IF THE private sector continues to save hard even as governments try to borrow less, the risks of a double-dip recession rise. A long period of high household saving seems assured in rich countries whose consumers lived off credit and have heavy debt burdens to show for it. But much of the recent increase in private-sector savings comes not from consumers but from businesses. Profits have been more than enough to cover corporate spending in many parts of the rich world, leaving an excess of funds for firms to squirrel away. A lot depends on whether this continues.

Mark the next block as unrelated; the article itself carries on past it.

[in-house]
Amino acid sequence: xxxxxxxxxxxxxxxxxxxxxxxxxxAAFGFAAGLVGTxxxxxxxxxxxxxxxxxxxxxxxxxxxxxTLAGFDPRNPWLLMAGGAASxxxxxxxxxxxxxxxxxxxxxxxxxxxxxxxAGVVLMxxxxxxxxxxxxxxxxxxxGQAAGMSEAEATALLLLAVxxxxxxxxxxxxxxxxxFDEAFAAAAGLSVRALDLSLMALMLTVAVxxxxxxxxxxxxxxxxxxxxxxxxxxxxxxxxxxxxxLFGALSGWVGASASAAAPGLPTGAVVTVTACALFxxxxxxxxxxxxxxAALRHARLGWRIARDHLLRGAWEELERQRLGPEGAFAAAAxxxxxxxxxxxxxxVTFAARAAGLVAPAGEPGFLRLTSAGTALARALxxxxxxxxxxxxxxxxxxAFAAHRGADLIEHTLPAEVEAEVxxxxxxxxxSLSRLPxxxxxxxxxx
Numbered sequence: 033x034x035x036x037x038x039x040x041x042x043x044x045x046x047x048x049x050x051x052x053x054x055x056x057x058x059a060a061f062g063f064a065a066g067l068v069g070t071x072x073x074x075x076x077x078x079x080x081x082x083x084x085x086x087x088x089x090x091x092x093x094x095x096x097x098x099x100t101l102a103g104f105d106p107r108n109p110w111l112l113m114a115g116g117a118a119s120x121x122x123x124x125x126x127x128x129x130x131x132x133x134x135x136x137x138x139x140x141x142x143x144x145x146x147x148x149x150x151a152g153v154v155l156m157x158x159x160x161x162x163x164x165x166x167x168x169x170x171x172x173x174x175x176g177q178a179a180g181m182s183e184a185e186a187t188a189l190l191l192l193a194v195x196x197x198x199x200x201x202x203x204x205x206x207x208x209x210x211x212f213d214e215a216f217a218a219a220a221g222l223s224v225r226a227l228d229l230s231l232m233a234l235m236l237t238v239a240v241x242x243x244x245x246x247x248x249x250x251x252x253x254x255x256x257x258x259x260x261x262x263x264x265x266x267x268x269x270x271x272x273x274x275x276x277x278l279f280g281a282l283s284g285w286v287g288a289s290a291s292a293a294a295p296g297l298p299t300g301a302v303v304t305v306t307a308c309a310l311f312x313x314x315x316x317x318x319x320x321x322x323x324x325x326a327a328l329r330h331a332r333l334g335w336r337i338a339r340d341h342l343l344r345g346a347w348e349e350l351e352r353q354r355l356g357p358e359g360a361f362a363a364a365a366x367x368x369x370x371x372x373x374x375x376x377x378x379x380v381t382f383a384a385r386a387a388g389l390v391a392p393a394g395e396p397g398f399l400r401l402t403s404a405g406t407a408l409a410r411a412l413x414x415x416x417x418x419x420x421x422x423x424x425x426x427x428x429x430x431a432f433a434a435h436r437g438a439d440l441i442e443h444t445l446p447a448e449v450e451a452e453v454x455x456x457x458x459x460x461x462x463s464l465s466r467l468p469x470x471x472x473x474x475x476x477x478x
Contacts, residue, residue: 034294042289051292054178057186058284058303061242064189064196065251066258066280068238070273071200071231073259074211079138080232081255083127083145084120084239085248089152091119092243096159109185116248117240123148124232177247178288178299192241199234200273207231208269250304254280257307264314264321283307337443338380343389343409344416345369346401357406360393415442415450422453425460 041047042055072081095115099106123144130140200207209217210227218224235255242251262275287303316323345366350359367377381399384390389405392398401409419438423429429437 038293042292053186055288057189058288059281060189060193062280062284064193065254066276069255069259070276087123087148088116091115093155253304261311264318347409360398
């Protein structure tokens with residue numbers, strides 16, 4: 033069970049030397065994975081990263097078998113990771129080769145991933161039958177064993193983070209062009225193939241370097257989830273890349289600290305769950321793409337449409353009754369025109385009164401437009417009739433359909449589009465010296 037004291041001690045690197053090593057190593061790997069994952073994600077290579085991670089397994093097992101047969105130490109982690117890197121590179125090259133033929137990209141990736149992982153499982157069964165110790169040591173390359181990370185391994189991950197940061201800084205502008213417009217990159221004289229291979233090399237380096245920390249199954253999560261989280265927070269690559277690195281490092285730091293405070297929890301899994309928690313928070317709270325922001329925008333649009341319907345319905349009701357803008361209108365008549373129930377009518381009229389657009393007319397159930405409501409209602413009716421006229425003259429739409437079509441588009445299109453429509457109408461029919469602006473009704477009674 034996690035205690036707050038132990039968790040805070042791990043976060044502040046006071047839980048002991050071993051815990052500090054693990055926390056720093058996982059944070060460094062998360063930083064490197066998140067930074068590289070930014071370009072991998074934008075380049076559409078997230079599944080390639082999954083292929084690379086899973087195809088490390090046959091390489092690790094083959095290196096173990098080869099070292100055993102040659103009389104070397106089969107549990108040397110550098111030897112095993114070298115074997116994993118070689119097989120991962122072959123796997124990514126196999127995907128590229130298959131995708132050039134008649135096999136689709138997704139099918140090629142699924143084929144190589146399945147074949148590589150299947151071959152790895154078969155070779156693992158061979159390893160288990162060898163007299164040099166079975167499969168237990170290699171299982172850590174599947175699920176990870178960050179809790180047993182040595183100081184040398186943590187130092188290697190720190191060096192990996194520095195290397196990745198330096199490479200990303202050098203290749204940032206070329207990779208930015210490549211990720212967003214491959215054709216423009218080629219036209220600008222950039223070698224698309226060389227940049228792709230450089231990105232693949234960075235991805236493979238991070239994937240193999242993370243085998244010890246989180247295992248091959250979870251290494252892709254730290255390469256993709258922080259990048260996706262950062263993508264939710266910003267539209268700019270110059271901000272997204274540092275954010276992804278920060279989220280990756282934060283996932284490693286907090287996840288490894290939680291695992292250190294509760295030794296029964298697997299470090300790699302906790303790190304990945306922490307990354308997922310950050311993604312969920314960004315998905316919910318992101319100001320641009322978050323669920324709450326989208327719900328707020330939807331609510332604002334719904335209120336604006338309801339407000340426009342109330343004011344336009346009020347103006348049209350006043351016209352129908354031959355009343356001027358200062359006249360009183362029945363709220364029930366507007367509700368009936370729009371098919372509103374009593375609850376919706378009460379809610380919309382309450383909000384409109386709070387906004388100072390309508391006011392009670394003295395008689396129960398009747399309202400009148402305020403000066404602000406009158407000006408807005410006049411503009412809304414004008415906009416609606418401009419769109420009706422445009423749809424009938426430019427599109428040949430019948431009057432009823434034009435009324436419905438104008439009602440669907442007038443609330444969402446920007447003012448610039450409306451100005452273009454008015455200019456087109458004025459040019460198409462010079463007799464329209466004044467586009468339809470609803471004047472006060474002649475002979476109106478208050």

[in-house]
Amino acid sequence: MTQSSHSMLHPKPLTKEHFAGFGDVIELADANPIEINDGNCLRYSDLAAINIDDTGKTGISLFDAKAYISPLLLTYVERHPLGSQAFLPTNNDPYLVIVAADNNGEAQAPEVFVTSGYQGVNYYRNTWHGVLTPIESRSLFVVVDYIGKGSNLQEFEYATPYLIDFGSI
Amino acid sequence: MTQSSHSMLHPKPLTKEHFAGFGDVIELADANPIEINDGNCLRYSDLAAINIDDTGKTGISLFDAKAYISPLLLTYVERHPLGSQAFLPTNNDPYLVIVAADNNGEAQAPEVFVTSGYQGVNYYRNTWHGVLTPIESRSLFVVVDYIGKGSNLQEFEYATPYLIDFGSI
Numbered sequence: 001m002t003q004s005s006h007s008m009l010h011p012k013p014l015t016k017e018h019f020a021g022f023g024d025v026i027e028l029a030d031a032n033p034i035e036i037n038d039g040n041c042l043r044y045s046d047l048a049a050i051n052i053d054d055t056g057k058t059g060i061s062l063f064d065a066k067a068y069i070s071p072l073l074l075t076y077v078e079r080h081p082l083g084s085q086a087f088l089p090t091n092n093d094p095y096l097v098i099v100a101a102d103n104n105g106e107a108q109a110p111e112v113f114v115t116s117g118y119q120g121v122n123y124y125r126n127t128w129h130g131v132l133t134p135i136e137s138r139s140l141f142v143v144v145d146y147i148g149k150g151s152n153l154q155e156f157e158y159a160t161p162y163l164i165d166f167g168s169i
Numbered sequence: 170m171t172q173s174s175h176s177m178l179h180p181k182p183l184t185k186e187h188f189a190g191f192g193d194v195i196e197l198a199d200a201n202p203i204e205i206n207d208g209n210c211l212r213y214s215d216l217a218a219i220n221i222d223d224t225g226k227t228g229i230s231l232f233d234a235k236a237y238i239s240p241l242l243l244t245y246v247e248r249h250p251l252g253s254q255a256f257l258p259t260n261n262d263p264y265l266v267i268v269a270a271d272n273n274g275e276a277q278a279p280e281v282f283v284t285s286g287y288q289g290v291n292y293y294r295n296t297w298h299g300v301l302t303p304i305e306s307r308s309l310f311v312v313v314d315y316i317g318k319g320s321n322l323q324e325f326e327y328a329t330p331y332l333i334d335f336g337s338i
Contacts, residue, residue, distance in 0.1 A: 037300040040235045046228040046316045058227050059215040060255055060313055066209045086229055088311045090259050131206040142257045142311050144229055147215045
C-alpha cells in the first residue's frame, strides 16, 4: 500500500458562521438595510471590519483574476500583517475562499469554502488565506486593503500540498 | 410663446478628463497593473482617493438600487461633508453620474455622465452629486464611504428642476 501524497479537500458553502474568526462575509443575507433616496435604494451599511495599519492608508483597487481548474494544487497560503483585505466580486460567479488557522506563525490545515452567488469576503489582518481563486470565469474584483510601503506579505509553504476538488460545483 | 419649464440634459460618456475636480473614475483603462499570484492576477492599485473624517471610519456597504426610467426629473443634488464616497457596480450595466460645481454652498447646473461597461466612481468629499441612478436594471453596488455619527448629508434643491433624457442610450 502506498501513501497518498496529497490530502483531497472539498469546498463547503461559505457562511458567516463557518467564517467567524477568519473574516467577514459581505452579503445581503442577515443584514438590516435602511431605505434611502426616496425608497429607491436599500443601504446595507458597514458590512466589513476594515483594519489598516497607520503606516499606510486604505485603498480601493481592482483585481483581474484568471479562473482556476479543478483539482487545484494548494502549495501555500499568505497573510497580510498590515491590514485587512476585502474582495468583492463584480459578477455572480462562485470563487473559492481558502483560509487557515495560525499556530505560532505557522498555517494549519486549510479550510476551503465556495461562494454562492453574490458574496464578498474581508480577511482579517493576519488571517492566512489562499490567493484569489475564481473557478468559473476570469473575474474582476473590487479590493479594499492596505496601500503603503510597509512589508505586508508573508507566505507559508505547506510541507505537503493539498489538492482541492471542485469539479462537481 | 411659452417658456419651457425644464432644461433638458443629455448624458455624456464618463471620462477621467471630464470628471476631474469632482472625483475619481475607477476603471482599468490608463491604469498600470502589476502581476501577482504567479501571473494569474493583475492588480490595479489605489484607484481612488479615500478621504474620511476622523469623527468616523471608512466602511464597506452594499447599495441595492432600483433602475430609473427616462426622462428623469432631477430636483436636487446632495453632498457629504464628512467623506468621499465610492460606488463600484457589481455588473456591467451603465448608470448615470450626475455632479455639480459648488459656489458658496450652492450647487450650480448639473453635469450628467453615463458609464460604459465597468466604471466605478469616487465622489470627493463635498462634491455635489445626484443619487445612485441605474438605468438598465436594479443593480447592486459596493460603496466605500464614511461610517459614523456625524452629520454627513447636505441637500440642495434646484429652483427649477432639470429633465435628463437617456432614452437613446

If cautious firms pile up more savings, the prospects for recovery are poor. Economies will be stuck in the current—and odd—configuration where corporate surpluses fund government deficits. If firms loosen their purse-strings to hire workers and to invest, that will allow governments to scale back their borrowing.
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